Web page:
Masih’s family members said Ghafoor fabricated the blasphemy case against him because of a business dispute. Nearby shopkeepers, initially reluctant to talk out of fear of reprisals but eventually speaking on condition of anonymity, told Compass that they had seen the two men arguing over business a few days before the incident occurred.

The shopkeepers said that when Masih burned the papers, Ghafoor started shouting that he had desecrated the Quran and blasphemed Islam and its prophet, Muhammad. In the case against Masih, police later accused Ghafoor of misusing the loudspeaker system of a mosque to stir up the mob.

“Ghafoor started shouting that Masih had desecrated the Quran and made blasphemous remarks about Islam and prophet Muhammad,” said one of the shopkeepers. “Ghafoor spread misconceptions about Imran Masih, and a mob of angry Muslim men unaware of the facts attacked Masih and viciously beat him, looted his shop and later handed him over to police.”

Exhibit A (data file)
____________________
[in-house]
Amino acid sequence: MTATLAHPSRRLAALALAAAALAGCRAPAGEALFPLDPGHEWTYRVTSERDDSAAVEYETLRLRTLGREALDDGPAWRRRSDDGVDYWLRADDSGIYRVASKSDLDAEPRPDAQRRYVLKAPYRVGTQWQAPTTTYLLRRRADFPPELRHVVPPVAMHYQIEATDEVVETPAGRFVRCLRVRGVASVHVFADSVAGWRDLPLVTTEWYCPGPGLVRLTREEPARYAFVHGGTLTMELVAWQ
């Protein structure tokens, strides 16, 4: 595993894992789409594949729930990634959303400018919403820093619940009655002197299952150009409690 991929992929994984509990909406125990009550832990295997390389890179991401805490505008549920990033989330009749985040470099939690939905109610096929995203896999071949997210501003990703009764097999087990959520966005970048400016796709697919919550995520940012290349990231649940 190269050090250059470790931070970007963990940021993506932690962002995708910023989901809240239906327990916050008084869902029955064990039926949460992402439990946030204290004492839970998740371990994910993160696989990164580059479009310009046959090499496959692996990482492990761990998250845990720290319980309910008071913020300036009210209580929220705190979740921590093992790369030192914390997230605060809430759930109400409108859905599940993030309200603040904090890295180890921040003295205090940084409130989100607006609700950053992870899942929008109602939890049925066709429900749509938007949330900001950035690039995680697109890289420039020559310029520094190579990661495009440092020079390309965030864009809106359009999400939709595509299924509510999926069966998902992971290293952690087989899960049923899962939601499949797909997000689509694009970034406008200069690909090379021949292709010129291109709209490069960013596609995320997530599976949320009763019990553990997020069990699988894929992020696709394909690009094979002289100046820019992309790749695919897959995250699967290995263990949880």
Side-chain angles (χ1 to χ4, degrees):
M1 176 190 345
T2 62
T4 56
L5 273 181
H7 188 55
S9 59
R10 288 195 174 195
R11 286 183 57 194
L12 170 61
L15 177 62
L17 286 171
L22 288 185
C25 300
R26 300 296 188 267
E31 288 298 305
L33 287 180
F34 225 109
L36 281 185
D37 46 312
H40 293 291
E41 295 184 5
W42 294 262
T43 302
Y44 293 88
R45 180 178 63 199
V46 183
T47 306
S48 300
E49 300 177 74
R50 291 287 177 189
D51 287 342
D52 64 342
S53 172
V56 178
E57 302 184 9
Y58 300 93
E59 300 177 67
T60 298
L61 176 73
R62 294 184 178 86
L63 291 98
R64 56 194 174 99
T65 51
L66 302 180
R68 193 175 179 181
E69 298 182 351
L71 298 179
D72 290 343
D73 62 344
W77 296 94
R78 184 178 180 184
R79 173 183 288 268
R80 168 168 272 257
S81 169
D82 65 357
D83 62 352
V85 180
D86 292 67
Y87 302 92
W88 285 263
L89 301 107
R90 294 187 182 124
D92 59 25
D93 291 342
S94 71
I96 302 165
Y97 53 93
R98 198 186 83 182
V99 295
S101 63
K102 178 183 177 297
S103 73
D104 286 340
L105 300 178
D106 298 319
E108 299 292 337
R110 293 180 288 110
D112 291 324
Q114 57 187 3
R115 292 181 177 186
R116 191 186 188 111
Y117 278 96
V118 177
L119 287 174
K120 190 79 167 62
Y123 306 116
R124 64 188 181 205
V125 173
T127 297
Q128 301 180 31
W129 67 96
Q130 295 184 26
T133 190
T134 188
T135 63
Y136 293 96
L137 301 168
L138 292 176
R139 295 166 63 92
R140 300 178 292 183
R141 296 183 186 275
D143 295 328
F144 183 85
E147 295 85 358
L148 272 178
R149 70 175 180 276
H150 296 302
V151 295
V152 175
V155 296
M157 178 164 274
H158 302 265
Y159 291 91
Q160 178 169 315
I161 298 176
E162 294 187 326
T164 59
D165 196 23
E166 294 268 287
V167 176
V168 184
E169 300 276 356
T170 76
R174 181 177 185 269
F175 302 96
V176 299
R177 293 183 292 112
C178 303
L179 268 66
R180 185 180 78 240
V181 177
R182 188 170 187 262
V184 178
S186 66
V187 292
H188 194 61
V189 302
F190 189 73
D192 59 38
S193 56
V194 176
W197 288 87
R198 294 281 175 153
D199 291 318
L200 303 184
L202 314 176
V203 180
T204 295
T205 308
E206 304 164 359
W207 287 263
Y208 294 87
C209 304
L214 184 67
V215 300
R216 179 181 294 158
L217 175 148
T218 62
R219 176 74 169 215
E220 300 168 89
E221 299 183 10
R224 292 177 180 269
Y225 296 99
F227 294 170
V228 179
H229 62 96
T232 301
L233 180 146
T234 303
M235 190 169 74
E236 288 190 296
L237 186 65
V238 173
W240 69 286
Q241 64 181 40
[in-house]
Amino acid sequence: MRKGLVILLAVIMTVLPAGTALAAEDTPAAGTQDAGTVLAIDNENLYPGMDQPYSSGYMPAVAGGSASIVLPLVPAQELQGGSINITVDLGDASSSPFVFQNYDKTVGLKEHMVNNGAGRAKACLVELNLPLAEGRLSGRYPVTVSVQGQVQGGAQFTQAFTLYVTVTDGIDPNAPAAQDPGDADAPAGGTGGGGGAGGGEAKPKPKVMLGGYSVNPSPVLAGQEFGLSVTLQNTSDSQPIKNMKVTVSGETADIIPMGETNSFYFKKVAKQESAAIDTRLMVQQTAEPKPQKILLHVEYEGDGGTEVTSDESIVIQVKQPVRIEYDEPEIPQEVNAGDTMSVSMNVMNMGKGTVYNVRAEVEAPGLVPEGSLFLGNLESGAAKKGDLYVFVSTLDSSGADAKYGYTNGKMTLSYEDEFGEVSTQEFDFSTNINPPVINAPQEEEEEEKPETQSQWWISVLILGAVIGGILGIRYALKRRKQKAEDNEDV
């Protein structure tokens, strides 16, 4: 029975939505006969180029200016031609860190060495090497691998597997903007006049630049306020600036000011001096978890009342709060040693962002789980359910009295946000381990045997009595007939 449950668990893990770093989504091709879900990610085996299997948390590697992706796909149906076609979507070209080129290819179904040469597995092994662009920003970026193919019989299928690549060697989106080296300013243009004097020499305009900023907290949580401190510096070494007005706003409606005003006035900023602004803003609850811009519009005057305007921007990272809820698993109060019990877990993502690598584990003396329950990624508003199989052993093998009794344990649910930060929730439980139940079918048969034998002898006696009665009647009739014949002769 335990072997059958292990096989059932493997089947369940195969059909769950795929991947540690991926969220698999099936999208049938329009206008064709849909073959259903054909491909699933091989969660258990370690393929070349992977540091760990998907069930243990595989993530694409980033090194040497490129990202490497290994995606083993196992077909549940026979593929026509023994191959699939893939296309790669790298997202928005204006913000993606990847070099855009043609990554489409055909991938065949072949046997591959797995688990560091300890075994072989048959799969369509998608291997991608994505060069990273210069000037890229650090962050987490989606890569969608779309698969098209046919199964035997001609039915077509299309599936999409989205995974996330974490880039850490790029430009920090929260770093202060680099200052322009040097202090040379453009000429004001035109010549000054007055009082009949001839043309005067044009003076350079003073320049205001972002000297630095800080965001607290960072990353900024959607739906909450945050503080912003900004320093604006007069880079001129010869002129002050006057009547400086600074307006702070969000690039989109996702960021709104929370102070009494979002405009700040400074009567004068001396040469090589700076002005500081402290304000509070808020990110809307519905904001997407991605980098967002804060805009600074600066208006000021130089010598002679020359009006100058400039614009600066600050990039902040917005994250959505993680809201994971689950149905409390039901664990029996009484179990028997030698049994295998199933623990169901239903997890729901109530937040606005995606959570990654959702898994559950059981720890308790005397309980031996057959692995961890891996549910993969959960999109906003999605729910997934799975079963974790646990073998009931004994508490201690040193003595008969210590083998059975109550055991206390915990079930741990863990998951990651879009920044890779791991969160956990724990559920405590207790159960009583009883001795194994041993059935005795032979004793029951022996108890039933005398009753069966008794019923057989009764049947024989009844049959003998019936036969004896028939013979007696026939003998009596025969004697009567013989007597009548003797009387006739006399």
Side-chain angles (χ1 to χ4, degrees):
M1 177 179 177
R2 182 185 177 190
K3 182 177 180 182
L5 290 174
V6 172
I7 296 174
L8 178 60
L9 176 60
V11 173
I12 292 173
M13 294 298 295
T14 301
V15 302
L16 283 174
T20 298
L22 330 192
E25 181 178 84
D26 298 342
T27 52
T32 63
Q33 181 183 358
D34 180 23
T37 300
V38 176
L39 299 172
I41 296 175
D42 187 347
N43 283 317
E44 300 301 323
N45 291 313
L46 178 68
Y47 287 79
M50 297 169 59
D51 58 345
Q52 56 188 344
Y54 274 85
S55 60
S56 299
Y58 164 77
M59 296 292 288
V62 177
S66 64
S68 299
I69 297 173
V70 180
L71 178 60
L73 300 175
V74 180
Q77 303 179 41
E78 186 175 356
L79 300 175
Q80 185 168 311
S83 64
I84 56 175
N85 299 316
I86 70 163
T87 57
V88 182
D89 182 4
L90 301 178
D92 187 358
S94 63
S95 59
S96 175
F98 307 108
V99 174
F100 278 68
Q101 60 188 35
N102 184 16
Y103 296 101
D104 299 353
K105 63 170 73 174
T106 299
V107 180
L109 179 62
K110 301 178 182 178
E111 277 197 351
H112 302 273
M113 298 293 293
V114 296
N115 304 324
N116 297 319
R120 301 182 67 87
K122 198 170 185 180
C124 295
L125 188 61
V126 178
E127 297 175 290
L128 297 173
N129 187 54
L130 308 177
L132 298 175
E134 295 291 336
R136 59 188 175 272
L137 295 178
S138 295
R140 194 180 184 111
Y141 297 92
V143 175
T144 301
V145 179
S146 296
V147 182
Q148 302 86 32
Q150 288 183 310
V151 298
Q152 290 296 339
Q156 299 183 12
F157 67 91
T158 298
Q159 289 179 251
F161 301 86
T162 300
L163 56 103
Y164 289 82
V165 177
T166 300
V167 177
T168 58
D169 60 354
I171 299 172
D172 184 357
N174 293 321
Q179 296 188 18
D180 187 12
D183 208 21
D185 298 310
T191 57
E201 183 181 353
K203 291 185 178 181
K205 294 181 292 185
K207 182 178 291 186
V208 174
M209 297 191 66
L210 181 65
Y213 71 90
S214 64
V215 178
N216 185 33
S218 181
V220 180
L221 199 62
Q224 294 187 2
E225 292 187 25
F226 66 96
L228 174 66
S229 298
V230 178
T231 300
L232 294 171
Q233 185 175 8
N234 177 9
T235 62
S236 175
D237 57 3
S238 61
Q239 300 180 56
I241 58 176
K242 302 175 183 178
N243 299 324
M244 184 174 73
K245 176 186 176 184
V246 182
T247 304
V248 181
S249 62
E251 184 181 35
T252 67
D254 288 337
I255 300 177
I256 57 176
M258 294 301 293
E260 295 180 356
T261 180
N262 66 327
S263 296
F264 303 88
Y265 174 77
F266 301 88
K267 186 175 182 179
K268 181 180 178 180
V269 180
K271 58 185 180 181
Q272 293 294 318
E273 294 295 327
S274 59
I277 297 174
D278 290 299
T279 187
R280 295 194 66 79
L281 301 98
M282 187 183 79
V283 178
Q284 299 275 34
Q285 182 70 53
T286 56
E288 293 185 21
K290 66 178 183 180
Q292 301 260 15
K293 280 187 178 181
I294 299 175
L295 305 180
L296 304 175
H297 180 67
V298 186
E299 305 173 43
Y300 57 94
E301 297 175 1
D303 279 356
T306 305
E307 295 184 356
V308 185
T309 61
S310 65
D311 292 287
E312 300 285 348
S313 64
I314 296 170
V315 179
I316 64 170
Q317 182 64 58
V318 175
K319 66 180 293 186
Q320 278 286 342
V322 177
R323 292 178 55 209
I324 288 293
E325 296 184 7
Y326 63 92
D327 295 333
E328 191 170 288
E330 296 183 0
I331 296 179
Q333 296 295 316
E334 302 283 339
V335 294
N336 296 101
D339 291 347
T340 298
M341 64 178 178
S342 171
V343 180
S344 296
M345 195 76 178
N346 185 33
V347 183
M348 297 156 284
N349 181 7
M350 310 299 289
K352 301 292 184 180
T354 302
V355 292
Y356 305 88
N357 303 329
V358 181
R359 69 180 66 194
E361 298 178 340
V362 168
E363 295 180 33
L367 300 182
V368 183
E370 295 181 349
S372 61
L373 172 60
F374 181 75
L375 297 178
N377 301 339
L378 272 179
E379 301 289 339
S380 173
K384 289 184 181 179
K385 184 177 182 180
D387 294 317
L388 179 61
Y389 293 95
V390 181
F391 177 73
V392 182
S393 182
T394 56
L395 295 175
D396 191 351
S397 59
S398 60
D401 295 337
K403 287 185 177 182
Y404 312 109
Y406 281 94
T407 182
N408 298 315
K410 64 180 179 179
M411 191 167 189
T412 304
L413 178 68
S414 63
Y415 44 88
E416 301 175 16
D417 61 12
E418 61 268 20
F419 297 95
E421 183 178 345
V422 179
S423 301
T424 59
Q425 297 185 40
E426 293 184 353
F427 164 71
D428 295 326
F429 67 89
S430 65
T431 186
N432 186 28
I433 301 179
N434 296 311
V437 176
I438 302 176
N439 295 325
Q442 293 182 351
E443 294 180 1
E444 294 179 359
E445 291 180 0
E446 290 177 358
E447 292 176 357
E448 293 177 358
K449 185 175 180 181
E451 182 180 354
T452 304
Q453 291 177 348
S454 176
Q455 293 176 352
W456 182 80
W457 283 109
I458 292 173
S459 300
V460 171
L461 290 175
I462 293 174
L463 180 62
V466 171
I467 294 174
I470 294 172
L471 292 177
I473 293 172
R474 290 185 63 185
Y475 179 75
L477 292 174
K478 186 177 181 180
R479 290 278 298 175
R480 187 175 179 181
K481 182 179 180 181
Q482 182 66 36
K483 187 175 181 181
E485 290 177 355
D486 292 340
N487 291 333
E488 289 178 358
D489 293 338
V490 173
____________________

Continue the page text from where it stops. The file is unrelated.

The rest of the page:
The shopkeepers added that Ghafoor was a hard-line Muslim and part of an Islamic proselytizing group.

Section 295-B of Pakistan’s legal code, desecrating the Quran, is punishable by imprisonment for life. In accordance with Section 295-A (instigating religious hatred and outraging religious feelings), Masih was also sentenced to 10 years in prison and a fine of 100,000 rupees (US$1,170); if he is unable to pay the fine, he will be assessed an additional six months in jail.

A conviction for blaspheming Muhammad (Section 295-C) is punishable by death under Pakistani’s notorious blasphemy laws. Widely condemned by the international community as easily invoked to settle personal enmities, Pakistan’s blasphemy laws have come under review in recent months, but to no avail.

The laws are routinely invoked to harass members of minority communities. Additionally, while police cannot make arrests without a court-issued warrant for Section 295-A, they can arrest suspected blasphemers under sections 295-B and 295-C on the complaint of a single individual.